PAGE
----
Italian banking group Intesa SanPaolo and its New York branch has been fined $235m by New York’s Department of Financial Services (DFS) for flouting anti-money laundering and bank secrecy laws.

The regulator said that the bank’s compliance staff mismanaged its transaction monitoring system and failed to identify suspicious transactions.

The bank was also alleged of processing suspicious transactions involving shell companies through the New York Branch and deliberately hiding information from bank examiners.

DFS said that between 2002 and 2006, the bank used opaque methods to carry out over 2,700 US dollar clearing transactions, worth over $11bn, on behalf of Iranian clients and other entities possibly subject to US economic sanctions.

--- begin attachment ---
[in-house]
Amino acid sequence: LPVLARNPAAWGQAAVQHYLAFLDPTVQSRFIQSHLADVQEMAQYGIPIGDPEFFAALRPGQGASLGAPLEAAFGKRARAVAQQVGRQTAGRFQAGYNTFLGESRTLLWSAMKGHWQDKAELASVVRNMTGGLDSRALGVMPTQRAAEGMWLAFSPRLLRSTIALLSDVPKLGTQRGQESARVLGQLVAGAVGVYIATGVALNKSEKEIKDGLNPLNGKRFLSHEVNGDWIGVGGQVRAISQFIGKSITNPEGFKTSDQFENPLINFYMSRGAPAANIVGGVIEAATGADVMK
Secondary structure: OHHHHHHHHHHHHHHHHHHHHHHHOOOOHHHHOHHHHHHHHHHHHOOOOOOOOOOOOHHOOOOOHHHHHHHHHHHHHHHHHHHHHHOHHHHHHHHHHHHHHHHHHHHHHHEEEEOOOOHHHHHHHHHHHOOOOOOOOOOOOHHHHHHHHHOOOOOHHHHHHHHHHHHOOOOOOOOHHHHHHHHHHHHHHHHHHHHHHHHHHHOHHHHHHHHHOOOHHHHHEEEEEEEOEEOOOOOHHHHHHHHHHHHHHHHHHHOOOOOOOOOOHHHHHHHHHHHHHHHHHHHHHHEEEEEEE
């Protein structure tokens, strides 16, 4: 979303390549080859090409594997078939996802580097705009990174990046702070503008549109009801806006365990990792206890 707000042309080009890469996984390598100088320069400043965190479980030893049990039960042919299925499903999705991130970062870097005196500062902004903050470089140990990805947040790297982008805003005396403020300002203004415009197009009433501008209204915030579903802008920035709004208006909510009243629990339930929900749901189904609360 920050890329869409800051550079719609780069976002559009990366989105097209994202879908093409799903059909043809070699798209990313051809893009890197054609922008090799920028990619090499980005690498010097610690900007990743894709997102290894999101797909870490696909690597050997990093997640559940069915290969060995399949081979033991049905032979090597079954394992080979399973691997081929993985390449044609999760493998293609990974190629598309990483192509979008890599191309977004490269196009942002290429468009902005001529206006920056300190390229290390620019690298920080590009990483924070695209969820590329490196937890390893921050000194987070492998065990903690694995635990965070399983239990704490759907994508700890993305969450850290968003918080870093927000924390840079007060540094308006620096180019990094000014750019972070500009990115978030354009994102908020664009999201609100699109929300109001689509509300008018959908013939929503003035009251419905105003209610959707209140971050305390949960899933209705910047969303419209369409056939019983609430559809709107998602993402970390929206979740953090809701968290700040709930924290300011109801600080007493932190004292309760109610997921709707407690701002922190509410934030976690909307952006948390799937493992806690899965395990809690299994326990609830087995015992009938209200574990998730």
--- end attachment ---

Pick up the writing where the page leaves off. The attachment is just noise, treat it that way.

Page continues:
The bank also trained certain employees to handle transactions involving Iran so that those transactions could not be readily flagged, the regulator said.

Superintendent Vullo said: “Effective and responsible transaction monitoring systems are an essential tool in the battle against illicit transactions and terrorist financing in this age of risk. There is little doubt that the negligent conduct of this bank is the type of conduct that can fuel international criminal activity, thereby seriously compromising the security of the international financial system.

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“DFS uncovered sweeping violations requiring that this institution must make immediate and fundamental changes in the way it conducts business.”